If you e-mail a picture of yourself reading your favorite banned book to Random House Library, you’ll be entered to win a Random House Library tote full of banned books. Find out how here or follow them on Twitter. Sharp-eyed readers may recognize my dog reading Bridge to Terabithia on their BBW Pinterest board.

You can download free BBW graphics here if you want to spread the word on your own blog or change your Facebook profile/cover photo to raise awareness. To see where notable challenges/bans have taken place in the US, check out this map.


Banned Books Week: Guest Post From Bound and Gagged

Fellow blogger Miss Articulate invited me to do a guest post on banned books over at Articulate and Intricate. Without further ado, here’s a crash course in banned books, Banned Books Week, and the Comics Code Authority. Banned Books Week artwork courtesy of the American Library Association.

Articulate & Intricate

Hi, all! This is Shannon from Bound and Gagged, a blog dedicated to banned books and other censorship/intellectual freedom issues. I was asked to talk a little bit about banned books, censorship, and how it pertains to genre fiction and the Comics Code Authority.

BBW13_4.25x3As some of you may know, this week (September 22-28) is Banned Books Week, an event started in 1982 to bring awareness to banned books and book challenges. The event is largely focused on book/library challenges within the United States, as it is sponsored by the American Library Association (ALA) and the ALA’s Office for Intellectual Freedom (OIF), as well as a number of other American organizations, including the Library of Congress. However, book banning is a global issue and Amnesty International has brought the event into a more global context.

The topic of book banning is a broad one with a long and complicated…

View original post 1,958 more words

Avast, Matey! Cap’n Slappy Talks About Reading on “Talk Like A Pirate Day”

A belated Happy International Talk Like A Pirate Day! This memory, of reading a book one had been discouraged from attempting, seemed right up Banned Books Week’s alley. The amount of books banned for being “unsuited to age group” is staggering and oftentimes children are kept from something like Anne Frank or Zlata’s Diary out of concern that they are too young for its darkness or won’t entirely understand it. The same goes for classics deemed too complex for children or YA novels parents often naively feel their teens aren’t ready for. Sometimes we need to trust kids and teens to know what they’re ready for or mature enough to handle. They just might surprise you.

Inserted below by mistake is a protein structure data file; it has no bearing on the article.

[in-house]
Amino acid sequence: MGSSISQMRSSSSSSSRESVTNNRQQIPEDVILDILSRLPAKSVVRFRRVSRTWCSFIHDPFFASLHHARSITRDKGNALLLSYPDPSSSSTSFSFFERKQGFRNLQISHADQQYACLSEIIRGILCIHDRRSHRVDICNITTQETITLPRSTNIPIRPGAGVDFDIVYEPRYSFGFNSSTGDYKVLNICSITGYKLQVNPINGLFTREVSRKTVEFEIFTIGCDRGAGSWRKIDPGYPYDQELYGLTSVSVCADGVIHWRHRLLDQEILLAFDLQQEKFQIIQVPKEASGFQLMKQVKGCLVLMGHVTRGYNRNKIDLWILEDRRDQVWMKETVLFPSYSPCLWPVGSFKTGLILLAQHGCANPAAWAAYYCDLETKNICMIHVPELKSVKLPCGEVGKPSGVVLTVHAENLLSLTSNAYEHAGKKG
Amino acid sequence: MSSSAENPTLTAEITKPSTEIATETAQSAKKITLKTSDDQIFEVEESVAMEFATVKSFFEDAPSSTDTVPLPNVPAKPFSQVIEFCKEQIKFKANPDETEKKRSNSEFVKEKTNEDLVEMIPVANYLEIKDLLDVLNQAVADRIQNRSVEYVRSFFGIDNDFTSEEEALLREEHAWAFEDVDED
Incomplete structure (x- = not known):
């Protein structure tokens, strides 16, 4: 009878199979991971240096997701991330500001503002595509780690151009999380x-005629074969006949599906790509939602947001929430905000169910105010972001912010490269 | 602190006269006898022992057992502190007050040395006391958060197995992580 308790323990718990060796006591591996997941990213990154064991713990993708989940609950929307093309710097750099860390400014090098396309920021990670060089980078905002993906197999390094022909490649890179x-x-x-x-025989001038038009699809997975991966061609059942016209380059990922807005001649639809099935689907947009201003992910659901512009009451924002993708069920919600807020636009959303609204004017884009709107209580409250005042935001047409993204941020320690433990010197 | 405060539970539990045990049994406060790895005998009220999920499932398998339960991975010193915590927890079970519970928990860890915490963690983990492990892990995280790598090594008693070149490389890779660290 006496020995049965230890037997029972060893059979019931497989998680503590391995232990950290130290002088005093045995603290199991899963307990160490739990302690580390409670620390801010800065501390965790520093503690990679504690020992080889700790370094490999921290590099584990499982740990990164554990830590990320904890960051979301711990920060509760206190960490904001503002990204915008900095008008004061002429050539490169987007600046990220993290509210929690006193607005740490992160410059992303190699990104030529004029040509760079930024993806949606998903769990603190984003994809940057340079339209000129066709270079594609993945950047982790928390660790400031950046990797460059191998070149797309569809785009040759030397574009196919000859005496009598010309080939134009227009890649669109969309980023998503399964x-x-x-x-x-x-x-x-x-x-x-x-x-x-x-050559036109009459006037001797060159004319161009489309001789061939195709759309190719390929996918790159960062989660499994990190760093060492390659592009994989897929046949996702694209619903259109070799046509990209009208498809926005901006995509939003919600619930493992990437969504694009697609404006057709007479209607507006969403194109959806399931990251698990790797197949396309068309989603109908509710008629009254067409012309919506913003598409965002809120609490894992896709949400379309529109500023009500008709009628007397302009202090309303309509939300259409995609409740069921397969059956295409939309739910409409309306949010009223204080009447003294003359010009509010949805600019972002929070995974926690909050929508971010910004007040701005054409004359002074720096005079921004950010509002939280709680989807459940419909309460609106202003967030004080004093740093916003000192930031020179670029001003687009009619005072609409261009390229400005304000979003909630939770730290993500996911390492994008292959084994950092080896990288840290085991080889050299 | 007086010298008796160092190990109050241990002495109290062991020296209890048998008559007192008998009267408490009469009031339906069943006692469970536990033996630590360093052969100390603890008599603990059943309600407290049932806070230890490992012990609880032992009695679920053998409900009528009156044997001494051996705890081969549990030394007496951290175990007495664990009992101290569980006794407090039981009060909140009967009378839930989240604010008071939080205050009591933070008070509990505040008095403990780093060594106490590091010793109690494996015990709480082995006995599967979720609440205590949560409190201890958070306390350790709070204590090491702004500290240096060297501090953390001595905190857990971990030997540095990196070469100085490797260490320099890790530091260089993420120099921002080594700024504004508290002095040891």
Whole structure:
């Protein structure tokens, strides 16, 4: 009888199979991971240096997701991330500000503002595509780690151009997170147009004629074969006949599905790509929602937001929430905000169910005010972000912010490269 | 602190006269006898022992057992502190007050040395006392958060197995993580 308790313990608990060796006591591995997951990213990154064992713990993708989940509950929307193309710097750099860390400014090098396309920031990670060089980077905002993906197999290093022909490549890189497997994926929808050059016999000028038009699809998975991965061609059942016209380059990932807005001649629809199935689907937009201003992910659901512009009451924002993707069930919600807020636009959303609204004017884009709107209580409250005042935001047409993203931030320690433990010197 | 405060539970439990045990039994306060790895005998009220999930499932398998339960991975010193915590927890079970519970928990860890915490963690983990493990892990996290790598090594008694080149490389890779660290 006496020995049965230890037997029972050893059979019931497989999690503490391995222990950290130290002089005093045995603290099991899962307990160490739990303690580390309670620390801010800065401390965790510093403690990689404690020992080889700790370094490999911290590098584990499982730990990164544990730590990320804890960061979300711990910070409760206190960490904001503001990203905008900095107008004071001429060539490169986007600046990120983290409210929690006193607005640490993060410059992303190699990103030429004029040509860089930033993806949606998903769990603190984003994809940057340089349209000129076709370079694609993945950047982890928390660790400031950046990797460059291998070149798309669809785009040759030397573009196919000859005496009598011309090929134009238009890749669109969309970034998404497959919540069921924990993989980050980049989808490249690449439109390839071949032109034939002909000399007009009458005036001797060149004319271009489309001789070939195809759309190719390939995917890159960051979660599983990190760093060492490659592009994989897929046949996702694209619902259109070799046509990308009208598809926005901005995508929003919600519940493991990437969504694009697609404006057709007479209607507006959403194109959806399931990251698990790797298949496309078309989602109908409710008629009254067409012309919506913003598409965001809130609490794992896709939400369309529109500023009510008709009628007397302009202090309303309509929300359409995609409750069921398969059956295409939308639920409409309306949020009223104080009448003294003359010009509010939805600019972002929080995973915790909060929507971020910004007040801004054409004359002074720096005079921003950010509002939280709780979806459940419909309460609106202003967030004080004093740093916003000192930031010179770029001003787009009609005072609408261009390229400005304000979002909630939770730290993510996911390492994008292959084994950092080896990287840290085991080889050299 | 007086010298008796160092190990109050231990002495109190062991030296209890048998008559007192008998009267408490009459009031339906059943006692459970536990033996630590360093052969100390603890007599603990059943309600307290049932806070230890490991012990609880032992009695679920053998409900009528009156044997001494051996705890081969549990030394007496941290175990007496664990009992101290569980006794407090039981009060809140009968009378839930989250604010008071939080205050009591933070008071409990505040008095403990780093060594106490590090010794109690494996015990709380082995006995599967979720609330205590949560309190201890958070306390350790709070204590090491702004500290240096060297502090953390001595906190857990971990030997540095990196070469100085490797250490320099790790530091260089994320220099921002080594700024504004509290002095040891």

Judy Blume: Censoring Puberty

Today is the beginning of Banned Books Week, when libraries and individuals celebrate intellectual freedom and draw attention to banned books/book challenges. I’ll be posting more throughout the week, but I thought we would get the ball rolling with some words from Judy Blume. A force to be reckoned with, both for her decades of classics and her dedication to fighting censorship, Judy Blume’s work has touched countless lives and influenced other writers and creators who have gone on to touch more lives and get banned themselves. So I tip my hat to her today. Thank you, Judy, for all that you’ve done and all that you continue to do.

A Year of Banned Books

Hello, readers! Yesterday was the one year anniversary of my blog. That’s right, we at Bound and Gagged have been bringing you reviews, sharing censorship news, and accidentally showing up in your porn searches for a whole year now.

I’d like to take this chance to thank you, the readers, for taking this journey with me. You made this possible. Well, you and WordPress. And caffeine. It takes a village.

Read More…